Among the high-achieving, mostly urban-dwelling professionals who spend a lot of time, money, and psychic energy on endurance competitions, athletic ambitions are worn on the wrist. That’s why investment bankers and executives helped make the Timex Ironman one of the best-selling watches in the world—a Rolex communicates wealth, but that $100 digital wristwatch says you’re serious about training in and out of the office.
Ireland may return to full employment next year even as the threat of Brexit looms, the nation’s finance minister said. The government is vying to win further banking jobs as London-based operations seek to keep a foothold in the European Union after the U.K. exits the bloc, Paschal Donohoe said in Bloomberg Television interview in New York. “We have between 25,000 and 30,000 jobs associated with financial services at the moment, ” Donohoe said.
New York is a city of icons, and nowhere is its iconography more apparent than at the nexus of real estate and Wall Street. That extends to the city’s personalities, especially in the world of money. So it makes sense that Stephen Ross and Jeff Blau, the impresarios of the Hudson Yards project taking shape on Manhattan’s West Side, turned to an iconic figure—someone already established in a totemic tower elsewhere in the city—to tip Hudson Yards into the zeitgeist.
Muck Rack makes it simple to find people, tweets, or articles that mention any name, keyword, company, hashtag etc. We've compiled this guide to help you make the most of your search.
Selecting a term
Start searching tweets, articles from media outlets, articles mentioned in tweets, journalists'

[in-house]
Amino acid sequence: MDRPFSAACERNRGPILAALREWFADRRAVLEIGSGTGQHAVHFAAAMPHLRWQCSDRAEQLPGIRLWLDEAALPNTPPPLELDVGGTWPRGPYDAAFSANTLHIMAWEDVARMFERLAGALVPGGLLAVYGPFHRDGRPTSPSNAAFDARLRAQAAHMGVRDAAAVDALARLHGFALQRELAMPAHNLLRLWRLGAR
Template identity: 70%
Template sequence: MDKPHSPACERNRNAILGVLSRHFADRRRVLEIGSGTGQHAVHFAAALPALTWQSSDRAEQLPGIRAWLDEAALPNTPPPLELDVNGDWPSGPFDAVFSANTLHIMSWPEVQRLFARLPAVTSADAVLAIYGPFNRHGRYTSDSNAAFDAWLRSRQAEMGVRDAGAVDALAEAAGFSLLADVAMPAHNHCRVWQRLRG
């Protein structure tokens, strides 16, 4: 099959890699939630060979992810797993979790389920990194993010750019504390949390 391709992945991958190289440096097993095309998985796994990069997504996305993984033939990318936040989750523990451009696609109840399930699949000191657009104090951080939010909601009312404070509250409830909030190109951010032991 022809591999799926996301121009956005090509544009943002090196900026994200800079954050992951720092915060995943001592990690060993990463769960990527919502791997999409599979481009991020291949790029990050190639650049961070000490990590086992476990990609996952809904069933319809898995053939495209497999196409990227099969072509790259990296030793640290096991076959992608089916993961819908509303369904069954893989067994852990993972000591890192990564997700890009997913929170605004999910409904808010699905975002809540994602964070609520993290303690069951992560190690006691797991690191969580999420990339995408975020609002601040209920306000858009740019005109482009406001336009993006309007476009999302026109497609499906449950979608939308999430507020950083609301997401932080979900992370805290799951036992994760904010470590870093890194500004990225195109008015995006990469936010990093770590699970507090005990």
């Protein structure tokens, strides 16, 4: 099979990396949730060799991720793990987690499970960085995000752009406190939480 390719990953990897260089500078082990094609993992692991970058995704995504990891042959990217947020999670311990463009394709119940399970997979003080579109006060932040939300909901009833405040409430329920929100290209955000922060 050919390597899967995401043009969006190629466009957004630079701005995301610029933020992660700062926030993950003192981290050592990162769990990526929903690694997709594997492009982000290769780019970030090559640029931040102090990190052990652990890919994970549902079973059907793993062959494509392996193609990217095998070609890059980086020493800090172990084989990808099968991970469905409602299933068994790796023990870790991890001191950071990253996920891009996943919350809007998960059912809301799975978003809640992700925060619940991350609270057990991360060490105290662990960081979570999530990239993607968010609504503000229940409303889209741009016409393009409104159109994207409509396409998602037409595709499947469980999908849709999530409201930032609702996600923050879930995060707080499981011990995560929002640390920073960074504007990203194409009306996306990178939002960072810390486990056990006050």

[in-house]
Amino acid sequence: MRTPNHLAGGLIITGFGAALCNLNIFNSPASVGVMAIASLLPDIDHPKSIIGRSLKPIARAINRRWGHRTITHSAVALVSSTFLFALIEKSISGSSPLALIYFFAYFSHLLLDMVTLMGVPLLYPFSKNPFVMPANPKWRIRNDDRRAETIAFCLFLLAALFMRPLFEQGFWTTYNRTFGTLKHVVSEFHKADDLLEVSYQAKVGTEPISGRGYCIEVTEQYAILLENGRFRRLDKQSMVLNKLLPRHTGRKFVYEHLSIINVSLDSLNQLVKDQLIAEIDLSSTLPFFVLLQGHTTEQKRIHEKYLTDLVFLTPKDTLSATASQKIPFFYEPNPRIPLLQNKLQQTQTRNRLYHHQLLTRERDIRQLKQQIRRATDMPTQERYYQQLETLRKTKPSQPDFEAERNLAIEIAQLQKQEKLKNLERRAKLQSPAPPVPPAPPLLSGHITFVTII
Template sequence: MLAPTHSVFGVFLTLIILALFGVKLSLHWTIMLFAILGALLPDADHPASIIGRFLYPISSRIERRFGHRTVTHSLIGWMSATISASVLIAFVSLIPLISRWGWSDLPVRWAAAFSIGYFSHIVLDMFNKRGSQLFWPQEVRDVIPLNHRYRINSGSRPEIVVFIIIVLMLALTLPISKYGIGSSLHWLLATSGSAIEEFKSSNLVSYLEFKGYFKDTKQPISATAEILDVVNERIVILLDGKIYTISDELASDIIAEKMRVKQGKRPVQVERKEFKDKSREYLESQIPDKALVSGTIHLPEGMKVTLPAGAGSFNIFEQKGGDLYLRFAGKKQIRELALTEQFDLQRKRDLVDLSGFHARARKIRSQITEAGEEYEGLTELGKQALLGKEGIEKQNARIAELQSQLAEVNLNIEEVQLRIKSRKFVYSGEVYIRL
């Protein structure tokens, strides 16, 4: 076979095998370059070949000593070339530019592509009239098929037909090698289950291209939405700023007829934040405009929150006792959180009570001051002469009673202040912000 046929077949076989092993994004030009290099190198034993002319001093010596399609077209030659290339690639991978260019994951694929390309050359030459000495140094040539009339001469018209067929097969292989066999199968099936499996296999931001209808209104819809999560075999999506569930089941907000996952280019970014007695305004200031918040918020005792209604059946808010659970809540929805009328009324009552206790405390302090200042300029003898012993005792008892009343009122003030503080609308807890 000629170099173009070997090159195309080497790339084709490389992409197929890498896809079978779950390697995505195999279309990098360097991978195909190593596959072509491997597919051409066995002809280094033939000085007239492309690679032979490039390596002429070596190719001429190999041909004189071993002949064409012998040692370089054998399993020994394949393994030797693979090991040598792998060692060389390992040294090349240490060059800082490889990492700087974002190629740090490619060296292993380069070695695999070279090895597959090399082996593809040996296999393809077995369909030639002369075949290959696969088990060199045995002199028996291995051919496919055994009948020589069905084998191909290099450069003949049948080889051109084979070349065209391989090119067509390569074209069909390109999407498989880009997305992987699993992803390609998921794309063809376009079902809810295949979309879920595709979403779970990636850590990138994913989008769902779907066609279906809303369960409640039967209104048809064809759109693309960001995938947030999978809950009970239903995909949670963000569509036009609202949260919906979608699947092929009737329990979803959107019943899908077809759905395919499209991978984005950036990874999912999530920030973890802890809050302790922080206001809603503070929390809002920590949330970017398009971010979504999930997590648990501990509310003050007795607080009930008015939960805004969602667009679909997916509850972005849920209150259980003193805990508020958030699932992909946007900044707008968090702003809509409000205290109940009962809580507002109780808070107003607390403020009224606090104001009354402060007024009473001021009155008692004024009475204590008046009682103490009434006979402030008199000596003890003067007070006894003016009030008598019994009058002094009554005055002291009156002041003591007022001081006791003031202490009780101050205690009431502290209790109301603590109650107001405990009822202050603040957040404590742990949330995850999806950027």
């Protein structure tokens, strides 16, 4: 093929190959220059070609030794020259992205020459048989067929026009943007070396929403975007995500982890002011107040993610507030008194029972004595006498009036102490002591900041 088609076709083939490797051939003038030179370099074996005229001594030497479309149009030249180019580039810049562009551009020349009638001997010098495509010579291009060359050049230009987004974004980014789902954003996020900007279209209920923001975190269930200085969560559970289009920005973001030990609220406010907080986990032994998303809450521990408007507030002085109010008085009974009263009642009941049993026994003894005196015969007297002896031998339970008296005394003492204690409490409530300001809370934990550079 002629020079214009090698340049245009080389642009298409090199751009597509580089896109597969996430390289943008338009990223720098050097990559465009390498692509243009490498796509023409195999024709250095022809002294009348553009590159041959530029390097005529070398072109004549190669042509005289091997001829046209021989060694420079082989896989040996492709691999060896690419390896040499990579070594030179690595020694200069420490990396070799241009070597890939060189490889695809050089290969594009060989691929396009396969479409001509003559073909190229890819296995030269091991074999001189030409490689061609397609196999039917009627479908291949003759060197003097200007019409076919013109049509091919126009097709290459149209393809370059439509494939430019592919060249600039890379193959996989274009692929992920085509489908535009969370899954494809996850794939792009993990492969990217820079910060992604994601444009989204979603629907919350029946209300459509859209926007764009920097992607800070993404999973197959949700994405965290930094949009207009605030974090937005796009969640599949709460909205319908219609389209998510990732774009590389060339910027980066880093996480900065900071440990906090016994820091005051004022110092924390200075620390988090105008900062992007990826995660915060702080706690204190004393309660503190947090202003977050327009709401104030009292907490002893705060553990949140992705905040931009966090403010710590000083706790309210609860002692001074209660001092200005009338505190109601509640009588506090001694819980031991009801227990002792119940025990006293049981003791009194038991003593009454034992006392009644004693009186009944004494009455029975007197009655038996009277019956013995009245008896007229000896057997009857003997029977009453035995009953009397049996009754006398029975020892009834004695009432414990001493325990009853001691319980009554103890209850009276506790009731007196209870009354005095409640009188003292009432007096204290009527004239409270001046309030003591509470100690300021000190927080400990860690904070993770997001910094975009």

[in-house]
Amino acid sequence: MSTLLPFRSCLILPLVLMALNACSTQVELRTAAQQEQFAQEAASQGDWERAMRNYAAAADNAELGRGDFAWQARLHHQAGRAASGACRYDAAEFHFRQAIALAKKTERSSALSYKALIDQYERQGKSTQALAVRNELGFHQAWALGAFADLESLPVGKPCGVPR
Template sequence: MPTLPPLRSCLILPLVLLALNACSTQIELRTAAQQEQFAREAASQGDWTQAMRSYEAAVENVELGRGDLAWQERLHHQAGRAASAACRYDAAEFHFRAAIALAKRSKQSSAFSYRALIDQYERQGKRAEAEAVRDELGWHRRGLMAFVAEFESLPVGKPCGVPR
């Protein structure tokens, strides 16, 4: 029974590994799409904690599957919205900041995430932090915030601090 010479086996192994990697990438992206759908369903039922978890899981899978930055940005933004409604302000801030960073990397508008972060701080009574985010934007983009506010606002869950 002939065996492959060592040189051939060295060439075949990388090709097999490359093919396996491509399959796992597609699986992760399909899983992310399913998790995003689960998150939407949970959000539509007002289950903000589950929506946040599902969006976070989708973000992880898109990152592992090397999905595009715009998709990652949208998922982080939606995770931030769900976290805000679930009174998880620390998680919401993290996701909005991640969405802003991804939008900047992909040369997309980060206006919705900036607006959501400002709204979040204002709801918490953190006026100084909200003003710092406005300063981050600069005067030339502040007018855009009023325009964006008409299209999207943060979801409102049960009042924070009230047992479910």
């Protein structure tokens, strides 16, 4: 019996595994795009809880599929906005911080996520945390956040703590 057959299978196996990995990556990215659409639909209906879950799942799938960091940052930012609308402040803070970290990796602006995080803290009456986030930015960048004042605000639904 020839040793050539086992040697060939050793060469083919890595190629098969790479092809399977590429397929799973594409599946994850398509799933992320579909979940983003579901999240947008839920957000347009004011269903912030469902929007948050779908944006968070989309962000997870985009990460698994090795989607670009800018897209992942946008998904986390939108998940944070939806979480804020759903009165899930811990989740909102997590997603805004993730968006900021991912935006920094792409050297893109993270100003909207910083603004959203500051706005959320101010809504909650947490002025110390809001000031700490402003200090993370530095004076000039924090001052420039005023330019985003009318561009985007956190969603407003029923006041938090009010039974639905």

names, titles and bios with some suggested searches:
Companies or Topics (e.g. iPhone, Microsoft)
Phrases (e.g. "cloud computing") — use quotes to keep the terms together
Twitter handles (e.g. @username) — returns those who have mentioned or replied to
Names (e.g. "David Pogue")
Hashtags (e.g. #sxsw, #london2012)
Bio details (e.g. vegan, Olympics, father)
Muck Rack's Advanced Search allows for many boolean operators.
Find results that mention multiple specified terms, use AND or
+. For example, ensure each result contains both Elon Musk and Mark Zuckerberg by
searching Musk AND Zuckerberg or Musk + Zuckerberg.
Use the operators OR or , to broaden your search when you'd like either of
multiple terms to appear in results. (This is the default behavior of our search when no operators
are used). For example, results will contain either cake or cookie by searching cake OR cookie or cake,cookie
Use NOT or - to subtract results from your search. For
example, searching Disney will yield results about the Walt Disney Company as well as Walt Disney
World Resort. To exclude mentions of Disney World, search for Disney -World or Disney
When using one of these operators with a phrase, enclose it in quotation marks. For example, you can
find results about smartphones excluding Apple's iPhone 4S by searching smartphone -"iPhone
Exact case matching or punctuation
If you're searching for a brand name or keyword that relies on specific punctuation marks or capitalization, you can
find results that match your exact query by adding matchcase: before the keyword you're searching for, like matchcase:E*TRADE .
Use parentheses to separate multiple
boolean phrases. For example, to find journalists talking about having fun in Disney World or
Disneyland, search for ("disney world" OR disneyland) AND fun.
An asterisk can be used to search for any variation of a root word truncated by the asterisk. For example, searching for admin* will return results for administrator, administration, administer, administered, etc.
A near operator is an AND operator where you can control the distance between the words. You can vary the distance the near operation uses by adding a forward slash and number (between 0-99) such as strawberries NEAR/10 "whipped cream", which means the strawberries must exist within 10 words of "whipped cream".